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Friday, February 27, 2015 |  Madison, WI: 11.0° F  Fair
The Daily

SCIENCE

Where has all the funding gone? Federal cuts threaten research at UW-Madison

University of Wisconsin researchers are laying the groundwork to make it possible to "print" new transplant-ready organs, grown from cells cultured from a patient's blood sample. This project, which merges research in biotechnology and nanotechnology, is under way today thanks to funding from the National Institutes of Health. >More
 New Madison Science Museum in works for downtown

"Madison has a tremendous venue for athletics, tremendous venues for the arts," says David Nelson, a UW professor emeritus of biology. But aside from a few small UW departmental museums, "There really isn't a place to go and hear and see about the history of science in Wisconsin." >More
 Monkey research protesters take message to UW Board of Regents

On a cold, windy, and wet Thursday morning, 20 animal activists stood on the corner of West Johnson and Lake streets as members of the UW System's main governing body, the Board of Regents, filed into Gordon Dining and Event Center for its all-day meeting. >More
 Leading bioethicist Jeffrey Kahn expresses skepticism over controversial UW-Madison primate experiment

Jeffrey Kahn has serious doubts about the ethics of the UW-Madison's research depriving newborn rhesus monkeys from their mothers. "I'm deeply skeptical about the necessity of this study," said Kahn, who recently chaired a National Institutes of Health committee on the use of chimpanzees in biomedical and behavioral research. >More
 Anthropology Prof. John Hawks and UW-Madison students dig up crucial remnants of early hominids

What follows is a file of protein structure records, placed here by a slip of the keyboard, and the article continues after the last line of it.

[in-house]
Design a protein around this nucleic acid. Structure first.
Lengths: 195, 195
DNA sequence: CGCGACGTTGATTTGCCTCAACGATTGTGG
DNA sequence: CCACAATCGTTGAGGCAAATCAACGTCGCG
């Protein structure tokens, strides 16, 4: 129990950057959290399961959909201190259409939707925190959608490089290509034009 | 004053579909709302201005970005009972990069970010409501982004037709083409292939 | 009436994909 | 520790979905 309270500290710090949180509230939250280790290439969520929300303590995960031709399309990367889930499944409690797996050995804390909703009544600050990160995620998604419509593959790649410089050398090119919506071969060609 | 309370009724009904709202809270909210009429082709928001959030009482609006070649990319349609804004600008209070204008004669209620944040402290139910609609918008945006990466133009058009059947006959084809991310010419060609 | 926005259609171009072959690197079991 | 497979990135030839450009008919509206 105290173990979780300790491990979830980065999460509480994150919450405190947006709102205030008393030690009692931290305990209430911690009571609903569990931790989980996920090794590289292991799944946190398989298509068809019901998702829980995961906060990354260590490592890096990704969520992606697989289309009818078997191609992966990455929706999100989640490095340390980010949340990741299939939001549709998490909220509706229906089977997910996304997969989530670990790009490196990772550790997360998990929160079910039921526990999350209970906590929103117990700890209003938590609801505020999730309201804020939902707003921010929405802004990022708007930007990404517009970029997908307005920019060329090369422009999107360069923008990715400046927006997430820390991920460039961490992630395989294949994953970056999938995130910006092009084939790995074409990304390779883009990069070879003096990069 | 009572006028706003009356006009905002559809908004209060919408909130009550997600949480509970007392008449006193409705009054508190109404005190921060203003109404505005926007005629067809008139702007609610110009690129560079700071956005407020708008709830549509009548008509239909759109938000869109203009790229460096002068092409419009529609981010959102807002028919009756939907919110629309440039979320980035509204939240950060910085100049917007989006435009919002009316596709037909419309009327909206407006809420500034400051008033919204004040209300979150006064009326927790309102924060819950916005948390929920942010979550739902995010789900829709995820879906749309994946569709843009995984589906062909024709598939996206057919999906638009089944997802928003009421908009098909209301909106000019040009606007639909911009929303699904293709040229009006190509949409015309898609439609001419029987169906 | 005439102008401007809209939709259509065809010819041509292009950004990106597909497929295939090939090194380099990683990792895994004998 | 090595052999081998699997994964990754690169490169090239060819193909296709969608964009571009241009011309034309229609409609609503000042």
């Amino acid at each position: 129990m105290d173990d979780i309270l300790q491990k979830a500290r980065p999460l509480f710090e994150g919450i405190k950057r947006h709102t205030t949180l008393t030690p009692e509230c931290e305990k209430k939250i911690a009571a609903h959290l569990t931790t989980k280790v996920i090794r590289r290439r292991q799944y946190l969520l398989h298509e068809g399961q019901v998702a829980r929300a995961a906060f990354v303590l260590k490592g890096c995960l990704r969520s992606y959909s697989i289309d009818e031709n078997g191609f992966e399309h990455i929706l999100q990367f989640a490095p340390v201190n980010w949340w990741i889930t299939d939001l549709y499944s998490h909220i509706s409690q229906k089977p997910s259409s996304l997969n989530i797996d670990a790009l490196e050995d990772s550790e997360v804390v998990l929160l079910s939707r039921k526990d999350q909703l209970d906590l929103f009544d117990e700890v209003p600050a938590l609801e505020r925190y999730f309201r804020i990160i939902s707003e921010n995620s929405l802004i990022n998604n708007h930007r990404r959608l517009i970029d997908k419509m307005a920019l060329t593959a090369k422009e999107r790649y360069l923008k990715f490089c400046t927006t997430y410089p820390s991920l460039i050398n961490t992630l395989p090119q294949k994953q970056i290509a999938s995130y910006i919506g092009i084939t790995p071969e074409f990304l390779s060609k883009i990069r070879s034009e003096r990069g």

Despite being from Kansas, Dr. John Hawks had never seen storms like he experienced in South Africa. "They had lightning like I've never seen it," says the University of Wisconsin-Madison anthropology professor. >More
 Isthmus on WORT: Exploring the role of gender in scientific research

Isthmus contributor Julia Burke reported on the new feminist biology program at UW-Madison in the May 2 issue, and discussed her story with WORT producer Dylan Brogan on the May 1 edition of In Our Backyard. >More
 New UW-Madison postdoctoral program in feminist biology is the first in the nation

True or false? Women are more emotional than men. Boys are better than girls at math and science. "Many things that 'everyone knows' about human sex differences are not scientifically accurate," says professor Caitilyn Allen, a plant pathologist at University of Wisconsin-Madison. Yet, she adds, these ideas "affect individual life decisions and broader social policies. Getting the facts right leads to increased opportunities for everyone and improves the quality of science in general." >More
 The open-source seed movement in Wisconsin

Farmers have traditionally gathered and saved seeds from one growing season to plant in the next. But this age-old tradition is being threatened by corporations that are increasingly restricting access to seeds through patents. >More
 The scourge of shingles

Last spring I struck up a casual conversation with a stranger and heard about how the debilitating pain of his wife's shingles infection had been overwhelming both of their lives for months. Though I had heard of shingles, I thought it was a nuisance rash that troubled a few overly sensitive seniors. >More
 How UW-Madison lab cats became the symbols for PETA's campaign against animal research

Deep inside a dimly lit campus laboratory, a 13-year-old calico cat stares ahead. Her tail twitches back and forth slowly. She appears relaxed but focused. Orange, white and black spots splotch her coat, and her white paws stand out against the charcoal-colored surface. Lined with egg-carton foam, the room is protected from light and sound. >More
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